/Bitter flight-ban dispute rocks Extinction Rebellion as founder compares it to eating meat

Bitter flight-ban dispute rocks Extinction Rebellion as founder compares it to eating meat

Extinction Rebellion descends into bitter infighting over flights as founder compares it to eating meat and accuses celebrity backers of hypocrisy 

  • One of the group’s founders Roger Hallam has branded air travel a ‘no no’
  • Many high profile supporters of Extinction Rebellion rack up the air miles 
  • Said the expansion of Heathrow in London is a ‘crime against humanity’ 

Tension is brewing at campaign group Extinction Rebellion as activists continue to discuss whether or not flying is ever acceptable.

One of the climate crisis group’s founders, Roger Hallam, has branded air travel a ‘no no’, despite the fact that many of its celebrity supporters often rack up the air miles by using aircraft.

My Hallam also claimed that flying was bad for any ‘vaguely moral person in this society’ and also compared using planes to ‘eating meat’.

Speaking on the Free Flight UK podcast he said: ‘It’s just a physical fact that it’s beyond bad’.

Members of the group are said to be struggling to agree to a policy on flying. The group is pictured above after it protested at City Airport in London

Members of the group are said to be struggling to agree to a policy on flying. The group is pictured above after it protested at City Airport in London

Members of the group are said to be struggling to agree to a policy on flying. The group is pictured above after it protested at City Airport in London 

Roger Hallam (above) likened travelling by plane to eating meat and said it was a 'no no'

Roger Hallam (above) likened travelling by plane to eating meat and said it was a 'no no'

Roger Hallam (above) likened travelling by plane to eating meat and said it was a ‘no no’

Free Flight UK encourages people to take a pledge to stop flying and Mr Hallam added that the planned expansion of Heathrow Airport was a ‘crime against humanity’.

Extinction Rebellion showed how they felt about air travel in October, after members took over City Airport in London, with some gluing themselves to aircrafts.

The group has also suggested the UK government rations flights, while other parts have said people should be allowed one return flight every two years.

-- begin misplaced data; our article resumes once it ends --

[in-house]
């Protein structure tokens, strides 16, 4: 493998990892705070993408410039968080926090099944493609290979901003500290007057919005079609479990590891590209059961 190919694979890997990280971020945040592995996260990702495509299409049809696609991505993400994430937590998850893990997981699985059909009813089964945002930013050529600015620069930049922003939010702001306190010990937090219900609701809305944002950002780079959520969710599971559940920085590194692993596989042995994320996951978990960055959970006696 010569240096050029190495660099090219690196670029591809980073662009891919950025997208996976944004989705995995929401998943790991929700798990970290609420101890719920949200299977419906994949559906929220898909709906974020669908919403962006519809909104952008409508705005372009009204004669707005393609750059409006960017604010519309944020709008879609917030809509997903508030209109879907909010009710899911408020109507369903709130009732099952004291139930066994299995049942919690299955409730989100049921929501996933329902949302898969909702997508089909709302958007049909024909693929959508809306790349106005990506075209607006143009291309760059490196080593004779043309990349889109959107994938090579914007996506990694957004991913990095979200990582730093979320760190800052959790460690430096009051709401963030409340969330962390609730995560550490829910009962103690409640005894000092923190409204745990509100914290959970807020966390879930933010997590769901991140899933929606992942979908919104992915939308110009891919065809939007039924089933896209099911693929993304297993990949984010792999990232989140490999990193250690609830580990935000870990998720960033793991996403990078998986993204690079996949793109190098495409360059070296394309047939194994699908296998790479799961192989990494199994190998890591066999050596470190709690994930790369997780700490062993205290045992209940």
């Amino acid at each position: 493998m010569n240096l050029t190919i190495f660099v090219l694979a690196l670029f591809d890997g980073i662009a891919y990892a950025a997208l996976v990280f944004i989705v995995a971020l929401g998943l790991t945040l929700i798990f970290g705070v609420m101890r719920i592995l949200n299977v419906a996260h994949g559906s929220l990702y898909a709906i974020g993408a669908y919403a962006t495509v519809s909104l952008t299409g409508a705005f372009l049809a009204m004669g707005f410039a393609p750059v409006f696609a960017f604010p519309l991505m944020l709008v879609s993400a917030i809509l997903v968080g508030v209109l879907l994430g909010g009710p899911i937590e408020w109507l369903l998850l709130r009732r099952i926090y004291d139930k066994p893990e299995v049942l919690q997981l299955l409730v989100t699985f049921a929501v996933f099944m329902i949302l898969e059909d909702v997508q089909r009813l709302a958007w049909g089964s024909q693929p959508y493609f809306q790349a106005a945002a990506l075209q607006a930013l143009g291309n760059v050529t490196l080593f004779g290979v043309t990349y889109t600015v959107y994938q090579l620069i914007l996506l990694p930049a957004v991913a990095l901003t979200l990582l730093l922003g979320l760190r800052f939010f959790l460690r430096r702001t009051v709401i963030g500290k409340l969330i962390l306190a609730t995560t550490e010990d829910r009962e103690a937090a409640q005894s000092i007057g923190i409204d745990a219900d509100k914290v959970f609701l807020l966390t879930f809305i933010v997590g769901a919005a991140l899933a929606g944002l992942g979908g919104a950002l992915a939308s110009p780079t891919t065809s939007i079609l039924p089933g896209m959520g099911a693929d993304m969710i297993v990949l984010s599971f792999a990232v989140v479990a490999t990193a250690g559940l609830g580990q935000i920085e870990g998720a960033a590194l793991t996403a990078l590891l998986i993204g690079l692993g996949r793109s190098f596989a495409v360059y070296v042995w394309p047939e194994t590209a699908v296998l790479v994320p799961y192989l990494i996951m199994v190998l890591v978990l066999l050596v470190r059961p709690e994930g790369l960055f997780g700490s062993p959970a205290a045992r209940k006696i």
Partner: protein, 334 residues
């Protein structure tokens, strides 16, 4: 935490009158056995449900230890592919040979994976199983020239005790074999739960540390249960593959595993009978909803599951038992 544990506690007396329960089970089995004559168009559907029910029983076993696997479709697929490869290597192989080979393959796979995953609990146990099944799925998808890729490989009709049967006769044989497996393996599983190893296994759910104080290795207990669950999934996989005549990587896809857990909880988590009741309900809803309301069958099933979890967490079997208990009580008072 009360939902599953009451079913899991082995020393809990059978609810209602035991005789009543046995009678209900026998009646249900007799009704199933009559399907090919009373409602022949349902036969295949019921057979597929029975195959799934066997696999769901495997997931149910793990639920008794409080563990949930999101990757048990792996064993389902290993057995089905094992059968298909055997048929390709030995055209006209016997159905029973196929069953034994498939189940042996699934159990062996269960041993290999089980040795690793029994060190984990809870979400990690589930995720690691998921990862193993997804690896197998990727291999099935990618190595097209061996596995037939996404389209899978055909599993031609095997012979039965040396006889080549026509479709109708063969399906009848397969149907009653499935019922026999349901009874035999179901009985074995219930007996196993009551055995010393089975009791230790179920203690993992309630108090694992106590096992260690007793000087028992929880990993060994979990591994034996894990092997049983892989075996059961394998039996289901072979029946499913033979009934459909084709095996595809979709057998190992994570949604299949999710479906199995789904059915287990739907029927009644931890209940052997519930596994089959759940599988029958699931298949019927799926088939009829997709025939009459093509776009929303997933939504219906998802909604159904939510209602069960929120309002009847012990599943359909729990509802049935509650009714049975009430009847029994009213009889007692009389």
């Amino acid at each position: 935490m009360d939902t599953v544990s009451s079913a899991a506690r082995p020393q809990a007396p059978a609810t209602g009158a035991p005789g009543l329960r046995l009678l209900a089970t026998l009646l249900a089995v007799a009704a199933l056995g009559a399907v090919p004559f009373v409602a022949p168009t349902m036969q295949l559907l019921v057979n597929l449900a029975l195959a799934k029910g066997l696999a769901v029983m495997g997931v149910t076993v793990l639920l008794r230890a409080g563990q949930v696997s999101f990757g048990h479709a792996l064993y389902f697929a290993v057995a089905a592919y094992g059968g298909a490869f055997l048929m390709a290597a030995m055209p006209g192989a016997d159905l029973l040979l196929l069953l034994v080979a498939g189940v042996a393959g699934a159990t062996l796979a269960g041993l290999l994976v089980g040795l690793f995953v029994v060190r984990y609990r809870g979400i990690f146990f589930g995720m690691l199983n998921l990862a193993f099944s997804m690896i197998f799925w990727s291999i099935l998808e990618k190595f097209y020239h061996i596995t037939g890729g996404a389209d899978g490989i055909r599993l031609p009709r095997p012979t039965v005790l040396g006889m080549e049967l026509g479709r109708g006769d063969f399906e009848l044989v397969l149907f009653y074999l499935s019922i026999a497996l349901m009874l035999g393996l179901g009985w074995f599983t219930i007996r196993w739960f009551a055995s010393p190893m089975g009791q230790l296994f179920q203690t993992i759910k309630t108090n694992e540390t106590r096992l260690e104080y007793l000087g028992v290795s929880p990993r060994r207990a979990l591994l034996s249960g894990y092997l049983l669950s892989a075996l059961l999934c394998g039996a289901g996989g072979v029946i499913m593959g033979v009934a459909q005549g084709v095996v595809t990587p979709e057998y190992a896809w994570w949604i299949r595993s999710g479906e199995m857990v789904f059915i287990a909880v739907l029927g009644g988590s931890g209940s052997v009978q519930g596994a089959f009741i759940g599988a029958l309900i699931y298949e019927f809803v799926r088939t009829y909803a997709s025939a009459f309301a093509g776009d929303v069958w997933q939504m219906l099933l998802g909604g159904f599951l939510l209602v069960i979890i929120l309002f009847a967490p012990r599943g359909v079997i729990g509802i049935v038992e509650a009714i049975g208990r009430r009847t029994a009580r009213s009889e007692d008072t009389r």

An Extinction Rebellion protester climbs on top of British Airways aircraft at London City Airport as a number of different attemps are made to bring the airport to a standstill

An Extinction Rebellion protester climbs on top of British Airways aircraft at London City Airport as a number of different attemps are made to bring the airport to a standstill

An Extinction Rebellion protester climbs on top of British Airways aircraft at London City Airport as a number of different attemps are made to bring the airport to a standstill

According to The Telegraph, senior members are uneasy about famous backers donating to the campaign if they are going to be so open about using planes as a means of transport.

In the summer it was revealed that many celebrities that had turned up at the rallies had previously flown on private jets and taken first class flights.

Dame Emma Thompson had famously flown 5,400 miles from Los Angeles to London to speak at an Extinction event in spring.

Even though members understand it’s impractical for people to sale everywhere, many are still uncomfortable with the carbon footprint planes leave.

Speaking to The Telegraph Victoria Valentine, who launched an XR branch in Lincolnshire, said she advocated “very strict rationing”, with “pretty much no permission for flights unless it is to visit a dying relative or crucial for some other reason”.

Some also said that private jets should be banned all together and a spokesperson for Extinction said the group was always welcoming when it came to various threads of conversation surrounding the topic of air travel.

 

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